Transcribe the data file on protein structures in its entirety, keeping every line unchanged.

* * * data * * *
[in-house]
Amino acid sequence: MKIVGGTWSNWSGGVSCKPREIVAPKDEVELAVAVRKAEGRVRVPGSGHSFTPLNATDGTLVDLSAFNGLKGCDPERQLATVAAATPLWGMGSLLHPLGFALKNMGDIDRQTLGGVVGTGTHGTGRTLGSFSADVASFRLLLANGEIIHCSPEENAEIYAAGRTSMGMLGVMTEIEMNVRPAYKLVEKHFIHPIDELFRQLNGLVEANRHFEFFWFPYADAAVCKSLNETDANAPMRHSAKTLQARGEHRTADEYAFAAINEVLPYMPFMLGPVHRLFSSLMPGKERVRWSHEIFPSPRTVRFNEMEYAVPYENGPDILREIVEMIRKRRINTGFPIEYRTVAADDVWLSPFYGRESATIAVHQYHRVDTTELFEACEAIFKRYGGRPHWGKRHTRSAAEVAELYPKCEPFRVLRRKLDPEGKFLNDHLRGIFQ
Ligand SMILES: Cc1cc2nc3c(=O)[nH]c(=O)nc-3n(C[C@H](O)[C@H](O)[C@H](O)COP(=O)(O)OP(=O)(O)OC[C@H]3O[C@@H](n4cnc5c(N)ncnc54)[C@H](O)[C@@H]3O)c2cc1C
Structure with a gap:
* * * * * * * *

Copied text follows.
[in-house]
Amino acid sequence: MKIVGGTWSNWSGGVSCKPREIVAPKDEVELAVAVRKAEGRVRVPGSGHSFTPLNATDGTLVDLSAFNGLKGCDPERQLATVAAATPLWGMGSLLHPLGFALKNMGDIDRQTLGGVVGTGTHGTGRTLGSFSADVASFRLLLANGEIIHCSPEENAEIYAAGRTSMGMLGVMTEIEMNVRPAYKLVEKHFIHPIDELFRQLNGLVEANRHFEFFWFPYADAAVCKSLNETDANAPMRHSAKTLQARGEHRTADEYAFAAINEVLPYMPFMLGPVHRLFSSLMPGKERVRWSHEIFPSPRTVRFNEMEYAVPYENGPDILREIVEMIRKRRINTGFPIEYRTVAADDVWLSPFYGRESATIAVHQYHRVDTTELFEACEAIFKRYGGRPHWGKRHTRSAAEVAELYPKCEPFRVLRRKLDPEGKFLNDHLRGIFQ
Ligand SMILES: Cc1cc2nc3c(=O)[nH]c(=O)nc-3n(C[C@H](O)[C@H](O)[C@H](O)COP(=O)(O)OP(=O)(O)OC[C@H]3O[C@@H](n4cnc5c(N)ncnc54)[C@H](O)[C@@H]3O)c2cc1C
Structure with a gap: